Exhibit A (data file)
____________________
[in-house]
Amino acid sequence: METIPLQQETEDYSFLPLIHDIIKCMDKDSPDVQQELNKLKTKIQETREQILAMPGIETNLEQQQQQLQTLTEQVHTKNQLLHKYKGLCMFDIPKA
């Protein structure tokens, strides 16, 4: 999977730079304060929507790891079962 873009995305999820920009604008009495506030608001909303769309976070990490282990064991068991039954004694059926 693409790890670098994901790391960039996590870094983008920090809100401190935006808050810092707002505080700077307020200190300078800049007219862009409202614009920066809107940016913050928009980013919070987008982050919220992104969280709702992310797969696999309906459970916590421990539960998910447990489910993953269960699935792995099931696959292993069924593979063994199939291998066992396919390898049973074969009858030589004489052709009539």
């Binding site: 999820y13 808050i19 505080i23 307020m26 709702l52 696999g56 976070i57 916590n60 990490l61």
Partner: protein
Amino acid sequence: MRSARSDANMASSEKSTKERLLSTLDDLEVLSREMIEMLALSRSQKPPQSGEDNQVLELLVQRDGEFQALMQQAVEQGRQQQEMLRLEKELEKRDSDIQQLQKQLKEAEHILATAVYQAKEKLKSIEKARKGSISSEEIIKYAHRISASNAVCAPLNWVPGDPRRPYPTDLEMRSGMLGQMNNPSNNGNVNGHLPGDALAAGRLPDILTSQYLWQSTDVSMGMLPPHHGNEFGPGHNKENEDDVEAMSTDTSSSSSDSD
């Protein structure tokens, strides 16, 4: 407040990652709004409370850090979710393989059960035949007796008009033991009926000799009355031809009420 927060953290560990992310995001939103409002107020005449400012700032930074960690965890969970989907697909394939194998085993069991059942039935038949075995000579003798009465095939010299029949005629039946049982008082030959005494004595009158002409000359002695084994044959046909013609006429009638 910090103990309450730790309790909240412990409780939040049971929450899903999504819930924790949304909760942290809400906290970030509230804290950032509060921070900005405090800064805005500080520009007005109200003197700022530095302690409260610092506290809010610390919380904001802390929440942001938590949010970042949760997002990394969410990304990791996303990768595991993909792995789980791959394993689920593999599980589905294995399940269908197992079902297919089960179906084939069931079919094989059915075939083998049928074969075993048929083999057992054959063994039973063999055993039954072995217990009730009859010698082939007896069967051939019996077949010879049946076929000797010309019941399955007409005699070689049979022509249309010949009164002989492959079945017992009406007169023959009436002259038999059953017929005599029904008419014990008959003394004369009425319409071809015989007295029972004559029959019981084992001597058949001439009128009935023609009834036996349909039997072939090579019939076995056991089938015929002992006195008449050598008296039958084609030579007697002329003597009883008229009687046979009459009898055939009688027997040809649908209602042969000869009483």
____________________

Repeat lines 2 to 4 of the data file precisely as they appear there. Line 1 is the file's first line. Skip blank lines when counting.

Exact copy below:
Amino acid sequence: METIPLQQETEDYSFLPLIHDIIKCMDKDSPDVQQELNKLKTKIQETREQILAMPGIETNLEQQQQQLQTLTEQVHTKNQLLHKYKGLCMFDIPKA
């Protein structure tokens, strides 16, 4: 999977730079304060929507790891079962 873009995305999820920009604008009495506030608001909303769309976070990490282990064991068991039954004694059926 693409790890670098994901790391960039996590870094983008920090809100401190935006808050810092707002505080700077307020200190300078800049007219862009409202614009920066809107940016913050928009980013919070987008982050919220992104969280709702992310797969696999309906459970916590421990539960998910447990489910993953269960699935792995099931696959292993069924593979063994199939291998066992396919390898049973074969009858030589004489052709009539």
């Binding site: 999820y13 808050i19 505080i23 307020m26 709702l52 696999g56 976070i57 916590n60 990490l61």